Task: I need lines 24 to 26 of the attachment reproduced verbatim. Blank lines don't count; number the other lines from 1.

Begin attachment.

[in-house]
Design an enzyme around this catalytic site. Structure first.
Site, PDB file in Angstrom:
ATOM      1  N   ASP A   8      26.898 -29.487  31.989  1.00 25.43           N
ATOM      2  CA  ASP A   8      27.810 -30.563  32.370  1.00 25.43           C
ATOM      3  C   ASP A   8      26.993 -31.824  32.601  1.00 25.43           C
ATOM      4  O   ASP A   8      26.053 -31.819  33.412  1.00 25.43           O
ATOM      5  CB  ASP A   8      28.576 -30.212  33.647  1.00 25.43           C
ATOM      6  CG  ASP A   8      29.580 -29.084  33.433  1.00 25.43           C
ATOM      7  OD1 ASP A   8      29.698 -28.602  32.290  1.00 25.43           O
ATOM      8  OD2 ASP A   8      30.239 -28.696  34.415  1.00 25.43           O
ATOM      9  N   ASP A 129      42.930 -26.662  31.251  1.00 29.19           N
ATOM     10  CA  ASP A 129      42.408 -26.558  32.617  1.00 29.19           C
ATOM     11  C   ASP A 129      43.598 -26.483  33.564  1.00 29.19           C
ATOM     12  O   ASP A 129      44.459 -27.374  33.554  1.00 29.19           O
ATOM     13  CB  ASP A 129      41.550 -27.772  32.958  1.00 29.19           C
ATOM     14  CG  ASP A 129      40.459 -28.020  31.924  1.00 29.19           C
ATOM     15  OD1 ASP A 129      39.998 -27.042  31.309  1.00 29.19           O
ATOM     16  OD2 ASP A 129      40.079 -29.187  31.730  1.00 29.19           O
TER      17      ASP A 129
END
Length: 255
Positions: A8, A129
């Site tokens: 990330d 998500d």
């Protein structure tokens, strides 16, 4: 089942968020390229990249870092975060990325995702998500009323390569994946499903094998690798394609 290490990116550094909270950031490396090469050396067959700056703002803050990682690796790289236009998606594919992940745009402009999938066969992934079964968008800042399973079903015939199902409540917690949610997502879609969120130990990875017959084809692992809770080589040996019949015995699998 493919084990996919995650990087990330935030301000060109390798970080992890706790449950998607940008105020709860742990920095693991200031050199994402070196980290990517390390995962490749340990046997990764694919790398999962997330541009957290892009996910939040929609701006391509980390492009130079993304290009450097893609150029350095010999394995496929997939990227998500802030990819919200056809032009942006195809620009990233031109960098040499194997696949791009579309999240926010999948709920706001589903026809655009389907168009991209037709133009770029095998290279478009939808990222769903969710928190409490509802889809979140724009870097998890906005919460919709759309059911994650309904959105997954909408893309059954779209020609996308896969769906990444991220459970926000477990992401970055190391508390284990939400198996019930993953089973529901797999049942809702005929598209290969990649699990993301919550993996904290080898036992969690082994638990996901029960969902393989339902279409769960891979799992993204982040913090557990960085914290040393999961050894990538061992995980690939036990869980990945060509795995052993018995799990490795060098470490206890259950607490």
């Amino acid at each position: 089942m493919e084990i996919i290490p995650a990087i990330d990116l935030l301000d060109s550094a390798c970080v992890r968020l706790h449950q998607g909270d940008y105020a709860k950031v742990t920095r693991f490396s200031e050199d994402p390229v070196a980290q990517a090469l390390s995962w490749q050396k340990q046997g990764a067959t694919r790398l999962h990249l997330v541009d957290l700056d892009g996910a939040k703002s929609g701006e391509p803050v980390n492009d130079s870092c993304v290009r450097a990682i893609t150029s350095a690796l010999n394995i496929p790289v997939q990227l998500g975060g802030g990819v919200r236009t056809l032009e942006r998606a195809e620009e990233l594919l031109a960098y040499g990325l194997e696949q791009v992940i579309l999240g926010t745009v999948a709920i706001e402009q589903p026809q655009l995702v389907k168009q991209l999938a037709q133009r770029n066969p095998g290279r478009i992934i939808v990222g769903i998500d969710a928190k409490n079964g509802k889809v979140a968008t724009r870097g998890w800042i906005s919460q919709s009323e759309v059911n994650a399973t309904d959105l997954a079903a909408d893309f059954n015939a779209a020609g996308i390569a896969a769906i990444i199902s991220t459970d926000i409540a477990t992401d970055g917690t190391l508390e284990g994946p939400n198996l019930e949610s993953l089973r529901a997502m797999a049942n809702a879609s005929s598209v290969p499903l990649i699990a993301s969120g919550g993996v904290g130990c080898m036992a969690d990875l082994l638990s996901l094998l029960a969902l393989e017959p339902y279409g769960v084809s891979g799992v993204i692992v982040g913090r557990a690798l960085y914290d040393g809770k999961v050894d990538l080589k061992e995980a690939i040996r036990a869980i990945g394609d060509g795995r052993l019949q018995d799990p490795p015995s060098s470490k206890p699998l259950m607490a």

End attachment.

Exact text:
């Site tokens: 990330d 998500d």
């Protein structure tokens, strides 16, 4: 089942968020390229990249870092975060990325995702998500009323390569994946499903094998690798394609 290490990116550094909270950031490396090469050396067959700056703002803050990682690796790289236009998606594919992940745009402009999938066969992934079964968008800042399973079903015939199902409540917690949610997502879609969120130990990875017959084809692992809770080589040996019949015995699998 493919084990996919995650990087990330935030301000060109390798970080992890706790449950998607940008105020709860742990920095693991200031050199994402070196980290990517390390995962490749340990046997990764694919790398999962997330541009957290892009996910939040929609701006391509980390492009130079993304290009450097893609150029350095010999394995496929997939990227998500802030990819919200056809032009942006195809620009990233031109960098040499194997696949791009579309999240926010999948709920706001589903026809655009389907168009991209037709133009770029095998290279478009939808990222769903969710928190409490509802889809979140724009870097998890906005919460919709759309059911994650309904959105997954909408893309059954779209020609996308896969769906990444991220459970926000477990992401970055190391508390284990939400198996019930993953089973529901797999049942809702005929598209290969990649699990993301919550993996904290080898036992969690082994638990996901029960969902393989339902279409769960891979799992993204982040913090557990960085914290040393999961050894990538061992995980690939036990869980990945060509795995052993018995799990490795060098470490206890259950607490």
């Amino acid at each position: 089942m493919e084990i996919i290490p995650a990087i990330d990116l935030l301000d060109s550094a390798c970080v992890r968020l706790h449950q998607g909270d940008y105020a709860k950031v742990t920095r693991f490396s200031e050199d994402p390229v070196a980290q990517a090469l390390s995962w490749q050396k340990q046997g990764a067959t694919r790398l999962h990249l997330v541009d957290l700056d892009g996910a939040k703002s929609g701006e391509p803050v980390n492009d130079s870092c993304v290009r450097a990682i893609t150029s350095a690796l010999n394995i496929p790289v997939q990227l998500g975060g802030g990819v919200r236009t056809l032009e942006r998606a195809e620009e990233l594919l031109a960098y040499g990325l194997e696949q791009v992940i579309l999240g926010t745009v999948a709920i706001e402009q589903p026809q655009l995702v389907k168009q991209l999938a037709q133009r770029n066969p095998g290279r478009i992934i939808v990222g769903i998500d969710a928190k409490n079964g509802k889809v979140a968008t724009r870097g998890w800042i906005s919460q919709s009323e759309v059911n994650a399973t309904d959105l997954a079903a909408d893309f059954n015939a779209a020609g996308i390569a896969a769906i990444i199902s991220t459970d926000i409540a477990t992401d970055g917690t190391l508390e284990g994946p939400n198996l019930e949610s993953l089973r529901a997502m797999a049942n809702a879609s005929s598209v290969p499903l990649i699990a993301s969120g919550g993996v904290g130990c080898m036992a969690d990875l082994l638990s996901l094998l029960a969902l393989e017959p339902y279409g769960v084809s891979g799992v993204i692992v982040g913090r557990a690798l960085y914290d040393g809770k999961v050894d990538l080589k061992e995980a690939i040996r036990a869980i990945g394609d060509g795995r052993l019949q018995d799990p490795p015995s060098s470490k206890p699998l259950m607490a």